And while there's no sugg' />


If you're going to literally shy away from the spotlight, perhaps you're in the wrong vocation.

And while there's no suggestion A Perfect Circle singer Maynard James Keenan should give up his day job, he made a contradictory statement when he appeared on a raised platform in the centre of the stage, then remained in darkness for the entire gig.

Rare glimpses of his bedraggled wig and loping movements were reminiscent of the dead girl slinking out of the TV set in The Ring.

But it was unfair he deliberately obscured himself.

We might not be Americans but we still need proof the dude at the front is actually singing.

Fortunately he was engaging in other ways, that distinctive voice taking on a gentler passion than his work in Tool, particularly in The Package where it soars to unexpected heights and in the eerie, down-tempo cover of The Nurse Who Loved Me.

The between-song banter - "This song sounds better with your pants off" - lightened up what were otherwise some pretty introspective moments as the band lived up to their supergroup expectations.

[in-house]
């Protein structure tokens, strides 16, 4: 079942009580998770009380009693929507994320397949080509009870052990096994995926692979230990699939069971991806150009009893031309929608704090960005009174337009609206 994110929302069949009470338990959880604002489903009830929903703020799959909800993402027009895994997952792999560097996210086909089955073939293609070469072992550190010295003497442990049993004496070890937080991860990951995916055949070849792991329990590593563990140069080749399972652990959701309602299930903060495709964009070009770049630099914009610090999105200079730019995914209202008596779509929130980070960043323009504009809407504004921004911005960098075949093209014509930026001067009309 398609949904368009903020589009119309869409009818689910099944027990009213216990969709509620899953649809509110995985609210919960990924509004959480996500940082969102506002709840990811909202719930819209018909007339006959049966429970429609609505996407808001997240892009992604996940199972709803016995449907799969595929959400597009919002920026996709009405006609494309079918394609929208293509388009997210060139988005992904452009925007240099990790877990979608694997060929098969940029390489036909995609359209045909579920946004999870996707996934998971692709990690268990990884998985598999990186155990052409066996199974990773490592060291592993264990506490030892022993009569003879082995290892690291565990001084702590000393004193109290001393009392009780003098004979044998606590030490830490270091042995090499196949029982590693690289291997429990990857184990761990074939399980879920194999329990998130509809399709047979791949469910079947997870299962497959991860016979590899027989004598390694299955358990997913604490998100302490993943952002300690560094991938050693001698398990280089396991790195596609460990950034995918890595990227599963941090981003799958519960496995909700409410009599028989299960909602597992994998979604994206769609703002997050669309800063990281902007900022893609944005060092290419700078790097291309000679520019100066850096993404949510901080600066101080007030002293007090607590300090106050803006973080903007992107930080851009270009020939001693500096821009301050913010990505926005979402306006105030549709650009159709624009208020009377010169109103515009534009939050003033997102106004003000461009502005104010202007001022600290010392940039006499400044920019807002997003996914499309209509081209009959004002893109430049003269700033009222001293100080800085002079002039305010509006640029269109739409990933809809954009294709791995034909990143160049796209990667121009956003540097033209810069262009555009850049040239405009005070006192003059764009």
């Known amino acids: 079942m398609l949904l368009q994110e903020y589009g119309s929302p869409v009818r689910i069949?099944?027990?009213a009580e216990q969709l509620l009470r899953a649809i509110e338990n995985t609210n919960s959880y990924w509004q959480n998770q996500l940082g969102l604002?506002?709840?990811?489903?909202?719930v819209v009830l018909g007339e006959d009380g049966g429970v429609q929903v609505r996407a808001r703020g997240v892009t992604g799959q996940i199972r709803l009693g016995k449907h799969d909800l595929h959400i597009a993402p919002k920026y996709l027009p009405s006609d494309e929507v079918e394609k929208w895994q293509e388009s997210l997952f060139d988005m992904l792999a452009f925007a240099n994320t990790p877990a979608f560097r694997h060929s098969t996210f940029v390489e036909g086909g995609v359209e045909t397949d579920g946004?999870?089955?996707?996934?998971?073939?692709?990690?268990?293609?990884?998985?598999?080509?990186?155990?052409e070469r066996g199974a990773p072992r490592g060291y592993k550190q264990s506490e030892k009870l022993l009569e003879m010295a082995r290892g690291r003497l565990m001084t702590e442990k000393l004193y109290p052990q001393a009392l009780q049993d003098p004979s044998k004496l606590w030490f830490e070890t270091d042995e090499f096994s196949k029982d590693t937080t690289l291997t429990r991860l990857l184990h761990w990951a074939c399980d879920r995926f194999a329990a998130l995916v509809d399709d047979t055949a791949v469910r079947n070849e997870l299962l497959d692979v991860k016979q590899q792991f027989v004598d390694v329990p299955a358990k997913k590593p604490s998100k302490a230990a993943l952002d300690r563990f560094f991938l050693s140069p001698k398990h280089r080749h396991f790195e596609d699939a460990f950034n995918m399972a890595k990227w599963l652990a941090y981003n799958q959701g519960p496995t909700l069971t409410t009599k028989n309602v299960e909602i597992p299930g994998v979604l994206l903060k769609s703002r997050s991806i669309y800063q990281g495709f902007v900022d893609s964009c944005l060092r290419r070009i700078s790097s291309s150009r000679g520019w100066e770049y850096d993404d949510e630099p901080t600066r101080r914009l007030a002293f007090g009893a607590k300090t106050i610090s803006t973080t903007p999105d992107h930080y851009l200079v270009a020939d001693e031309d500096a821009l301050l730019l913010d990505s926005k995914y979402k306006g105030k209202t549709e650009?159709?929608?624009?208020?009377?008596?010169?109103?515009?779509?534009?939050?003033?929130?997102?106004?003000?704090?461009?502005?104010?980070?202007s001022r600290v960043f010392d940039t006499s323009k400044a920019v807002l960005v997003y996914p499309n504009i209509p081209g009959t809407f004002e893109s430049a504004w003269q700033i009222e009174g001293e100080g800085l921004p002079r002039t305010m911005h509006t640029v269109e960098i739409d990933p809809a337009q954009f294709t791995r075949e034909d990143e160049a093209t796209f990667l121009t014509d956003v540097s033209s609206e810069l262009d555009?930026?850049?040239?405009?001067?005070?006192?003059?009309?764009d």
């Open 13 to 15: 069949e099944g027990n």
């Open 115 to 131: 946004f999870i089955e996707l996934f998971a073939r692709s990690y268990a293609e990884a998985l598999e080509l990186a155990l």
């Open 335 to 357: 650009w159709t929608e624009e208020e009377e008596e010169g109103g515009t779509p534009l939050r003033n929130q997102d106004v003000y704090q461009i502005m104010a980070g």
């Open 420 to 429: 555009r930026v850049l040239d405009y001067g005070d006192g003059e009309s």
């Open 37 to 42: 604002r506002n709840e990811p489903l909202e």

Drummer Josh Freese - whose work stretches back to sessions with Guns N' Roses - was a formidable presence on the skins, relentlessly pummelling unsettling rhythms and using a broad range of textures, the distinctive hollow sound created by whacking the metallic rims of the drumkit.

The new bass player, former Smashing Pumpkin James Iha, creates a fuller sound than Paz Lenchantin ever did while ex-Marilyn Manson guitarist Jeordie White and Tool guitar tech Billy Howerdel - obviously influenced by his time as a guitar tech for Nine Inch Nails - filled in the gaps.

When their counter-melodies worked, they worked brilliantly - the ethereal play-off between them creating the kinds of epic harmonies that should have come from shimmering pianos.

The music did seem, at times, a tad one-dimensional, a point hammered home by the indulgent and aimless soundscapes of Forever.

As they plugged their way through the majority of tracks from their two albums, Mers de Noms and Thirteenth Step, A Perfect Circle were not as aggressive, macabre or psychedelic as the Tool-shirted fans may have hoped.

But they still delivered a knock-out show, regardless of the frontman's odd wish for anonymity.